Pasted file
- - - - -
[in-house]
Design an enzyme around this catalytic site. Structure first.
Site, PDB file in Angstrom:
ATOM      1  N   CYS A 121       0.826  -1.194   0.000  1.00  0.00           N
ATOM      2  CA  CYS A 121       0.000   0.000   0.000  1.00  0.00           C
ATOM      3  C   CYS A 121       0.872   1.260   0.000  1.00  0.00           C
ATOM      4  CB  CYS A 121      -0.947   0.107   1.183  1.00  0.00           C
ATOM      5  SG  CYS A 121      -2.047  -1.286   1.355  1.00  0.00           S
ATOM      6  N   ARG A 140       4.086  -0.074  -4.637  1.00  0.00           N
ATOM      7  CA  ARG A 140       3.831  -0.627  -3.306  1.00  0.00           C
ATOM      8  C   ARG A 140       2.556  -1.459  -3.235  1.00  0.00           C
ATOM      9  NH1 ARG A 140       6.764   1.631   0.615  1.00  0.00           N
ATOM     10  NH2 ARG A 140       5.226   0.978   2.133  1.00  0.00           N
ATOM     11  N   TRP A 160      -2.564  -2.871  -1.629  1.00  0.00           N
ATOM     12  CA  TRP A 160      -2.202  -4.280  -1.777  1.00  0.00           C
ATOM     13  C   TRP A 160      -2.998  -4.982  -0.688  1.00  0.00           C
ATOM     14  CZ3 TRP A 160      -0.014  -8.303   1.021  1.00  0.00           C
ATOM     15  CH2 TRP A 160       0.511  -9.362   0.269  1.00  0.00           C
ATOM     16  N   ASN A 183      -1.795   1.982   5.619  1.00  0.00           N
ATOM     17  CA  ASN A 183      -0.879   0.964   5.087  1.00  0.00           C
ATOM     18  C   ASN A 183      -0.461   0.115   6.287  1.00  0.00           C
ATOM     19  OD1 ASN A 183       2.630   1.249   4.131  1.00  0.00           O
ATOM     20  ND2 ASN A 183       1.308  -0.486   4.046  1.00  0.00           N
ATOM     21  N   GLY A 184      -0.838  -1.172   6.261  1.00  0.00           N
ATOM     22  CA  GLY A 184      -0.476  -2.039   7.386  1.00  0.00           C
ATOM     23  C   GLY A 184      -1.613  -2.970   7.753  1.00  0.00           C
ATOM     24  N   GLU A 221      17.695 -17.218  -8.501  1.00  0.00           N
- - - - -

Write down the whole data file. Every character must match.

[in-house]
Design an enzyme around this catalytic site. Structure first.
Site, PDB file in Angstrom:
ATOM      1  N   CYS A 121       0.826  -1.194   0.000  1.00  0.00           N
ATOM      2  CA  CYS A 121       0.000   0.000   0.000  1.00  0.00           C
ATOM      3  C   CYS A 121       0.872   1.260   0.000  1.00  0.00           C
ATOM      4  CB  CYS A 121      -0.947   0.107   1.183  1.00  0.00           C
ATOM      5  SG  CYS A 121      -2.047  -1.286   1.355  1.00  0.00           S
ATOM      6  N   ARG A 140       4.086  -0.074  -4.637  1.00  0.00           N
ATOM      7  CA  ARG A 140       3.831  -0.627  -3.306  1.00  0.00           C
ATOM      8  C   ARG A 140       2.556  -1.459  -3.235  1.00  0.00           C
ATOM      9  NH1 ARG A 140       6.764   1.631   0.615  1.00  0.00           N
ATOM     10  NH2 ARG A 140       5.226   0.978   2.133  1.00  0.00           N
ATOM     11  N   TRP A 160      -2.564  -2.871  -1.629  1.00  0.00           N
ATOM     12  CA  TRP A 160      -2.202  -4.280  -1.777  1.00  0.00           C
ATOM     13  C   TRP A 160      -2.998  -4.982  -0.688  1.00  0.00           C
ATOM     14  CZ3 TRP A 160      -0.014  -8.303   1.021  1.00  0.00           C
ATOM     15  CH2 TRP A 160       0.511  -9.362   0.269  1.00  0.00           C
ATOM     16  N   ASN A 183      -1.795   1.982   5.619  1.00  0.00           N
ATOM     17  CA  ASN A 183      -0.879   0.964   5.087  1.00  0.00           C
ATOM     18  C   ASN A 183      -0.461   0.115   6.287  1.00  0.00           C
ATOM     19  OD1 ASN A 183       2.630   1.249   4.131  1.00  0.00           O
ATOM     20  ND2 ASN A 183       1.308  -0.486   4.046  1.00  0.00           N
ATOM     21  N   GLY A 184      -0.838  -1.172   6.261  1.00  0.00           N
ATOM     22  CA  GLY A 184      -0.476  -2.039   7.386  1.00  0.00           C
ATOM     23  C   GLY A 184      -1.613  -2.970   7.753  1.00  0.00           C
ATOM     24  N   GLU A 221      17.695 -17.218  -8.501  1.00  0.00           N